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How the Pandemic is Challenging the Fashion Industry: Talking with Christina Moon - Arcelia Martin

ARCELIA MARTIN, HOST: Here in New York, we just wrapped up Fashion Week. It's been a really tough year for the retail industry. So today I've invited Christina Moon, a fashion studies scholar and anthropologist at Parsons School of Design at the New School, as a guide for this morning. So we're almost a year into the pandemic. What challenges have you seen in the fashion industry?

CHRISTINA MOON: Sure, the challenges have to do with inequities. What we've seen is a lot of, of course, retail and store closing, widespread job loss. The New York fashion industry specifically employs over one hundred and eighty thousand workers. Actually, it's still six percent of the of the workforce within the city. But here's the thing you also don't see is how how the local industry is so intimately tied and connected to workers around the world. So I think for me, the enormity of this, of the challenge is seeing how our local industry is reliant upon workers in other places and who, who is the most vulnerable, who is bottoming out in the system and who gets to continue as it as it does all along.

MARTIN: Given your background in sustainability and fashion, what do you think the last year has done in terms of the future of fast fashion?

MOON: Right, big question, I think, for us. Sustainability has always been spoken about in terms of being environmentally friendly and environmentally conscious, but what was always puzzling to me is that this word sustainability never, quite ever included an ethical dimension of social justice within the global supply chain. What it means to hire workers who are getting paid a living wage, who have the right to collective bargaining, who are working in an appropriate working conditions. And we just tend to see that this problem is somewhere else and we don't and we don't see it. So we don't really quite think about it. When we put on our clothing. We just think, wow, amazing. Like I got that on sale. A pair of jeans that was eighteen dollars. It's sitting in the car. I can purchase it. And, you know, in just a few days it's going to be right outside my doorstep. Amazing. It's like magic, you know, without really thinking about the breakdown of what that actually all means.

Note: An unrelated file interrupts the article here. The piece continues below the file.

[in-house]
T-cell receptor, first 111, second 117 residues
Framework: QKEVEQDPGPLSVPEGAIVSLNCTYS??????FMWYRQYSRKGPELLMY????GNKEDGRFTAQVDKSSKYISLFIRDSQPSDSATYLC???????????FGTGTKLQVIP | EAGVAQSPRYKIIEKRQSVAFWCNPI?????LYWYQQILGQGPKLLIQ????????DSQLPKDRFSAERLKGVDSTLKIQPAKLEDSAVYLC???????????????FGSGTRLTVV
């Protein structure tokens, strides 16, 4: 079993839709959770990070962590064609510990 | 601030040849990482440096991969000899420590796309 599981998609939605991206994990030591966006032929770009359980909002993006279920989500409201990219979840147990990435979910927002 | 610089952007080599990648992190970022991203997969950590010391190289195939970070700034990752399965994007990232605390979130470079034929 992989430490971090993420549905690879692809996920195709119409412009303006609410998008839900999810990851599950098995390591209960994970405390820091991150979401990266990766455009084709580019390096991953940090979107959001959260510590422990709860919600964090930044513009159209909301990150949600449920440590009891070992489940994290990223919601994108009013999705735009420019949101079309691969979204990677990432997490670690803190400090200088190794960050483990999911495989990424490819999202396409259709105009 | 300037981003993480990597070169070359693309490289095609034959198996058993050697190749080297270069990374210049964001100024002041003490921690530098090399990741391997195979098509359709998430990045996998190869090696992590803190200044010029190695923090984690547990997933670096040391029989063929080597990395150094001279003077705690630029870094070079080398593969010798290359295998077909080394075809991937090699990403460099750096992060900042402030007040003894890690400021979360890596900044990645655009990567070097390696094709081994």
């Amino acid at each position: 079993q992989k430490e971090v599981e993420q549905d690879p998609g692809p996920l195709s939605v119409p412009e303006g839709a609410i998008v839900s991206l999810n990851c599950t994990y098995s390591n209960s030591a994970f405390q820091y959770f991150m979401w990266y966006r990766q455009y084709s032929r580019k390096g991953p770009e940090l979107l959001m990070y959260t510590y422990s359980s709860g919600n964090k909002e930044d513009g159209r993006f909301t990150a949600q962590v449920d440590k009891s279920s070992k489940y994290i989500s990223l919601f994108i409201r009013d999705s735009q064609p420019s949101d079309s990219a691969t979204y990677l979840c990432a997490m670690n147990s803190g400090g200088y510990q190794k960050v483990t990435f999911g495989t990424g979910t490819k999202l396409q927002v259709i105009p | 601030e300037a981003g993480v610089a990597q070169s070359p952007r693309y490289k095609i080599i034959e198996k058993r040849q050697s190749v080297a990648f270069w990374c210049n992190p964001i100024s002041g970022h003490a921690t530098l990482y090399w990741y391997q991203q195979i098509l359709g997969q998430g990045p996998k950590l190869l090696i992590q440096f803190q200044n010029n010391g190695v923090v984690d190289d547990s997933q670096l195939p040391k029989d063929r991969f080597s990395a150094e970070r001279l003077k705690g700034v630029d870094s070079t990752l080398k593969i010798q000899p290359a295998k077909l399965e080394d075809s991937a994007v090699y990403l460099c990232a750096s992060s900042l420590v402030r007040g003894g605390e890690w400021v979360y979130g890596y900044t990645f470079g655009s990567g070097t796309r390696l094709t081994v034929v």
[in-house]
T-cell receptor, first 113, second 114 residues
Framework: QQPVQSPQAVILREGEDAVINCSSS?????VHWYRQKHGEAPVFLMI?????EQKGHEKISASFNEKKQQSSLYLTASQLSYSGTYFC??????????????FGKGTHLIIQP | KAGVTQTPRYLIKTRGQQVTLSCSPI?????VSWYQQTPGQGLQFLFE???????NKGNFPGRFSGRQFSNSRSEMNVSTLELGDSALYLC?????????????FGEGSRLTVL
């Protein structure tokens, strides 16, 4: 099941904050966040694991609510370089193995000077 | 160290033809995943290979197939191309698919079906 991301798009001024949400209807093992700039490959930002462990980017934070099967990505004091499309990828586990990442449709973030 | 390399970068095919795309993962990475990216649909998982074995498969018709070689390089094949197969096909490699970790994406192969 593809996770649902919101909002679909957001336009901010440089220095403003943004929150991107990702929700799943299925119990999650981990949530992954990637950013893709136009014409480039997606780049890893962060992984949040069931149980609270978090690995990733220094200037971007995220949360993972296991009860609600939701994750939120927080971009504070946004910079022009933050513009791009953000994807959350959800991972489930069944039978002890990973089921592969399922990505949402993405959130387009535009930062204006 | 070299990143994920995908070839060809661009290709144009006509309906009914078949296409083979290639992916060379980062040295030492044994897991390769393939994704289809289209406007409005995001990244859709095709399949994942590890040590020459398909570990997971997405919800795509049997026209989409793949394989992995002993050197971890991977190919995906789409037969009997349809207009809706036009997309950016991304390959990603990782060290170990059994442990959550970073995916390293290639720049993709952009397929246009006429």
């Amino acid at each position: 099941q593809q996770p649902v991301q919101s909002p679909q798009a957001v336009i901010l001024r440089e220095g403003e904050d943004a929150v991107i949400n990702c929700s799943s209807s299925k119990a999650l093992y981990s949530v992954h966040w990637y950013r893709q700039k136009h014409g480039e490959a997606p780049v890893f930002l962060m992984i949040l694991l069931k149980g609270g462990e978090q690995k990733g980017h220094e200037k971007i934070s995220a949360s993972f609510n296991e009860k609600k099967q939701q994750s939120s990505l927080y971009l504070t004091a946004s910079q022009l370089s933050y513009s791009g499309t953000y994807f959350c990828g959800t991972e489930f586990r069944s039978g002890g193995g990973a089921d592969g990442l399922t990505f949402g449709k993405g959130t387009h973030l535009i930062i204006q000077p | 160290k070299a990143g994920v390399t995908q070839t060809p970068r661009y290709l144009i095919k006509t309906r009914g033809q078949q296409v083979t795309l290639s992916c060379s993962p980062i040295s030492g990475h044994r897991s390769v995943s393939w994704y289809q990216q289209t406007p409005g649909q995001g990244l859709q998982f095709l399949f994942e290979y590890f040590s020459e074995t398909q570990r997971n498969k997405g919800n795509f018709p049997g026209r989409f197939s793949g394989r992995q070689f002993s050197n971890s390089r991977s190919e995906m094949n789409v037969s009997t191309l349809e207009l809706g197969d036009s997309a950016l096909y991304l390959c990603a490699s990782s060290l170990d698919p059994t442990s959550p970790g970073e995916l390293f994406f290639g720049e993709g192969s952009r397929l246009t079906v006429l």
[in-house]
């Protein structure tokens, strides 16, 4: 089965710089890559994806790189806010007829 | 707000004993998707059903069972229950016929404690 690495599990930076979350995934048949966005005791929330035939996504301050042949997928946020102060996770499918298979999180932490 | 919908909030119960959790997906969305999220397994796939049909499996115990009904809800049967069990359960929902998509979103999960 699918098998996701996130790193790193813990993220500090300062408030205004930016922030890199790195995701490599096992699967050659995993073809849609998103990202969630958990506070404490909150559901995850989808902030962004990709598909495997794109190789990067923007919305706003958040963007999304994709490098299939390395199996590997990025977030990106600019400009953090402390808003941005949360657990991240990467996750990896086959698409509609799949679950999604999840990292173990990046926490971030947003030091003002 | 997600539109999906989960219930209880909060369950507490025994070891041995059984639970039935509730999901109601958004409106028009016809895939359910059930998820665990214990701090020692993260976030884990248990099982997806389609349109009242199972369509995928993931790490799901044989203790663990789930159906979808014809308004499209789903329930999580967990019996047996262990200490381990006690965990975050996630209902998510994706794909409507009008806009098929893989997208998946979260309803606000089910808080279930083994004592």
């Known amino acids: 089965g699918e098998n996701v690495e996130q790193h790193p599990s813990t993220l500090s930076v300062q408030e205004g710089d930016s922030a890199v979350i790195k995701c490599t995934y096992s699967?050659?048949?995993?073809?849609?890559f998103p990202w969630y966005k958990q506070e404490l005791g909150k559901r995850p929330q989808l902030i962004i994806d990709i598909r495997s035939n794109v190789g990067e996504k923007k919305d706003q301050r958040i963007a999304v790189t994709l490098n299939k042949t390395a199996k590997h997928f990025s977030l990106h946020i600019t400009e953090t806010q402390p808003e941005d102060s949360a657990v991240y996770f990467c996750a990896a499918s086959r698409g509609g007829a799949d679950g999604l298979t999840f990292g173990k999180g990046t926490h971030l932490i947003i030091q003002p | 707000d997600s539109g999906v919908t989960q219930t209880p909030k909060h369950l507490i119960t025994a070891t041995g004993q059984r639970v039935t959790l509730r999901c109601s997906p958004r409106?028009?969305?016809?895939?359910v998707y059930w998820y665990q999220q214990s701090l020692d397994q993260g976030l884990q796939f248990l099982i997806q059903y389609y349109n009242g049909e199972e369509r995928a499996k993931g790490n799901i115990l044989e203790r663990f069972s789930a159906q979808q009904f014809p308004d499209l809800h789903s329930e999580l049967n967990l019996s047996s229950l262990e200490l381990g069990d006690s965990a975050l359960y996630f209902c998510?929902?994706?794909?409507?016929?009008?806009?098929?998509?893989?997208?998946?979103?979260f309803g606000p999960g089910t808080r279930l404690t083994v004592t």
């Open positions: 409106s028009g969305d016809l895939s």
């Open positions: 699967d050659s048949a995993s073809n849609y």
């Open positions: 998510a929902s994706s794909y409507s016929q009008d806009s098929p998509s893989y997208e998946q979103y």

MARTIN: If you could kind of impart like a lasting men message to consumers, to our listeners, people who buy clothes, what would you want people to know? Kind of like that one sentence where you're like you wish you could take people by the shoulders and shake them? And what would you want to say to them?

MOON: When you're staring at those beautiful images and Instagram and you're about to purchase your clothing, I think you should question. Your ability to have what you want, whenever you want it, in whatever amount and quantity you want it for, whatever price you want it, that to be able to have that kind of privilege and access to something. I think really should be questioned.

MARTIN: Well, Christina, thank you so much for being with us today. I really appreciate you sitting down and talking to us. Thanks. This has been Christina Moon, fashion studies scholar and anthropologist at Parsons School of Design.


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